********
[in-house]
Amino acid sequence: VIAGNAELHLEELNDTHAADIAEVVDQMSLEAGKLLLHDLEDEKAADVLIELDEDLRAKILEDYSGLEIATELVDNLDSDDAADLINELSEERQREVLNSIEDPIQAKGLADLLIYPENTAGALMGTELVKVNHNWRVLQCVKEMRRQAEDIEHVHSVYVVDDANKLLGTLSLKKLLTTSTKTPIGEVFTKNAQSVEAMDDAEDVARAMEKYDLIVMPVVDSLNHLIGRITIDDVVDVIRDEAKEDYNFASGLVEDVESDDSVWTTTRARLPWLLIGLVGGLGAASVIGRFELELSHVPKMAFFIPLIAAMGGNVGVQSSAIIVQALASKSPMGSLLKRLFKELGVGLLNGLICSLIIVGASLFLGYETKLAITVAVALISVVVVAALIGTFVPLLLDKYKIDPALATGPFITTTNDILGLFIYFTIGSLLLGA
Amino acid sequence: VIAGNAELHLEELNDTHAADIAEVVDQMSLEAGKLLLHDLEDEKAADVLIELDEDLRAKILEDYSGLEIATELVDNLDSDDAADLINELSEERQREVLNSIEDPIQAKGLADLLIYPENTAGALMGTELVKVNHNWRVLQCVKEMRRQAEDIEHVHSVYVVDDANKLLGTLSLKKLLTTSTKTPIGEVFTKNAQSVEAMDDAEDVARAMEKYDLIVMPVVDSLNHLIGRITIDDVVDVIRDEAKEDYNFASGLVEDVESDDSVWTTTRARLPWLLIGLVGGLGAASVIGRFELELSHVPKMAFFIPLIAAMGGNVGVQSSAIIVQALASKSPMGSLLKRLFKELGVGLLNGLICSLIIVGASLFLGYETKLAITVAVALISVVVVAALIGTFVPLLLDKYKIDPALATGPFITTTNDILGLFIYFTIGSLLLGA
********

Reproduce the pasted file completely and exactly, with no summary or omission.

[in-house]
Amino acid sequence: VIAGNAELHLEELNDTHAADIAEVVDQMSLEAGKLLLHDLEDEKAADVLIELDEDLRAKILEDYSGLEIATELVDNLDSDDAADLINELSEERQREVLNSIEDPIQAKGLADLLIYPENTAGALMGTELVKVNHNWRVLQCVKEMRRQAEDIEHVHSVYVVDDANKLLGTLSLKKLLTTSTKTPIGEVFTKNAQSVEAMDDAEDVARAMEKYDLIVMPVVDSLNHLIGRITIDDVVDVIRDEAKEDYNFASGLVEDVESDDSVWTTTRARLPWLLIGLVGGLGAASVIGRFELELSHVPKMAFFIPLIAAMGGNVGVQSSAIIVQALASKSPMGSLLKRLFKELGVGLLNGLICSLIIVGASLFLGYETKLAITVAVALISVVVVAALIGTFVPLLLDKYKIDPALATGPFITTTNDILGLFIYFTIGSLLLGA
Amino acid sequence: VIAGNAELHLEELNDTHAADIAEVVDQMSLEAGKLLLHDLEDEKAADVLIELDEDLRAKILEDYSGLEIATELVDNLDSDDAADLINELSEERQREVLNSIEDPIQAKGLADLLIYPENTAGALMGTELVKVNHNWRVLQCVKEMRRQAEDIEHVHSVYVVDDANKLLGTLSLKKLLTTSTKTPIGEVFTKNAQSVEAMDDAEDVARAMEKYDLIVMPVVDSLNHLIGRITIDDVVDVIRDEAKEDYNFASGLVEDVESDDSVWTTTRARLPWLLIGLVGGLGAASVIGRFELELSHVPKMAFFIPLIAAMGGNVGVQSSAIIVQALASKSPMGSLLKRLFKELGVGLLNGLICSLIIVGASLFLGYETKLAITVAVALISVVVVAALIGTFVPLLLDKYKIDPALATGPFITTTNDILGLFIYFTIGSLLLGA